People rely on diesel engines because of their fuel economy and simplified maintenance. Since they don’t have spark plugs, these engines don’t need ignition tuning. In addition to cars and trucks, diesel equipment is key for commercial trucks, trains, barges, boats and heavy machinery like bulldozers, excavators and backhoe loaders.
Diesel systems function differently than other types of internal combustion engines. If you operate diesel-powered equipment for business or pleasure, it’s important to understand the fundamentals of this highly valuable and efficient technology.
How Diesel Engines Work
A diesel fuel system operates via an internal combustion engine (ICE), meaning fuel combustion and ignition occur within the engine. During typical ICE operation in a vehicle, the ignited engine partially converts the energy from the combustion process into work. Expanding combustion gases push a piston, causing the crankshaft’s rotation. This creates movement in a system of gears in the powertrain, propelling the vehicle’s wheels.
A diesel engine fuel system injects a precise amount of pressurized, atomized fuel into each cylinder. Combustion occurs from a mixture of hot compressed air and fuel. Unlike a gas-powered ICE, a diesel engine does not require an electrical spark for ignition.
Key Components of a Diesel Engine
A diesel engine consists of several parts and components:
- Cylinder block and pistons: The cylinder block, which is typically made from cast iron, contains the cylinders for the pistons that convert the energy released during combustion.
- Fuel injection system: This component serves as a diesel fuel delivery system that propels the liquid into the cylinders and controls the injection timing.
- Turbocharger: A turbocharger boosts the air intake pressure, increasing the engine’s efficiency.
- Exhaust system: This system removes the expended fuel-air mixture from the combustion chamber and expels it via the vehicle’s tailpipe.
Diesel Fuel System Components
A diesel fuel system encompasses more than the engine. Other essential components include:
- Fuel tank: While the exact location varies from one make and model to the next, the fuel tank is typically near the rear of the vehicle and under or within the frame. The tank also has a filter screen for removing impurities.
- Fuel pump: Mechanical and electronic transfer pumps help move the fuel from the tank to the injection pump.
- Injection pump: This part takes fuel and pressurizes it up to 40,000 psi, then delivers it to the fuel injectors to atomize before being burned.
- Fuel injectors: These injectors move the fuel into the intake manifold or cylinders. While these systems have traditionally been mechanical, common-rail versions are increasingly popular for on-road applications.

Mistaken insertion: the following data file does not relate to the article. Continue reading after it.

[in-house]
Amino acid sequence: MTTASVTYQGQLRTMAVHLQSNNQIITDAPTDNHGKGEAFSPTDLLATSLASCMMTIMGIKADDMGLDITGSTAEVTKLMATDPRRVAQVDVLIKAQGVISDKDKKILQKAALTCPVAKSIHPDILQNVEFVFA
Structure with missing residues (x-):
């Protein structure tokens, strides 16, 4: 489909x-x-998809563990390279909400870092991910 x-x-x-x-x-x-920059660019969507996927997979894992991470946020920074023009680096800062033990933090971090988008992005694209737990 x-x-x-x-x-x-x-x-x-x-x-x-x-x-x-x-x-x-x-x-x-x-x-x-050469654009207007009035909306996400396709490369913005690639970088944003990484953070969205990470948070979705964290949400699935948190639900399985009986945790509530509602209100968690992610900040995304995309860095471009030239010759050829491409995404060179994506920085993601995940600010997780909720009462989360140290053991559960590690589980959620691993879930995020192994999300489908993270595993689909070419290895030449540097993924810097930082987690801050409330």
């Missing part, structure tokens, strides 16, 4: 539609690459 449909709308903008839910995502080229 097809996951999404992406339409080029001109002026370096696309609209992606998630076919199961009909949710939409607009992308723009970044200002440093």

- Fuel lines and fittings: A diesel fuel line transfers the fuel from one area of the vehicle to another. Examples include lines made from heavyweight material for high-pressure applications between the fuel injectors and pump, and lightweight options with minimal pressure.
Diesel Fuel Types and Properties
While diesel fuel and gasoline are refined from crude oil, gasoline undergoes a more comprehensive refining process to make it thinner than diesel. That consistency enables it to evaporate more slowly. The higher energy density makes diesel the preferred choice for bigger, heavier vehicles and machinery.
Different types and grades of diesel include:
- #1 vs. #2: #2 is the most common diesel. The #2 version has higher lubrication properties and lower resistance to gelling in cold weather. #1 diesel fuel is less likely to gel, but has a lower energy content and is typically more expensive.
- Winterized: This blend of #1 and #2 diesel fuels or treated #2 that offers the advantages of both grades in cold temperatures.
- Off-road (red) vs. highway diesel: Off-road diesel is dyed red to distinguish it from on-road diesel, which is subject to various highway taxes.
- Biofuels and alternative diesel fuels: Biofuels are liquid fuels generated from renewable biological sources. Biodiesel, which comes from animal fats, vegetable oils (plants and recycled restaurant grease, produces fewer harmful emissions than conventional diesel fuel. It can also be adapted for diesel engine use without an expensive conversion process. It’s important to consult your owner’s manual to determine whether a diesel fuel blend is right for your vehicle.
Maintenance and Troubleshooting
A diesel engine fuel system requires regular service to keep it running smoothly, reduce the risk of costly repairs and maximize its life span. Follow standard preventive maintenance and troubleshooting steps for diesel-powered vehicles:
- Keep the engine oil topped off and change it regularly to prevent engine damage.
- Check all vital fluids, including the coolant, to reduce the likelihood of difficult starting.
- Change all the filters, including the fuel filter, at the recommended intervals.
- Choose the appropriate diesel fuel for your vehicle.
- Use a diesel anti-gel additive when temperatures dip below freezing to prevent diesel gelling.
- Add a fuel additive to improve diesel quality. Diesel is less refined than gasoline, raising the cetane and increasing lubricity aids to maximize performance.
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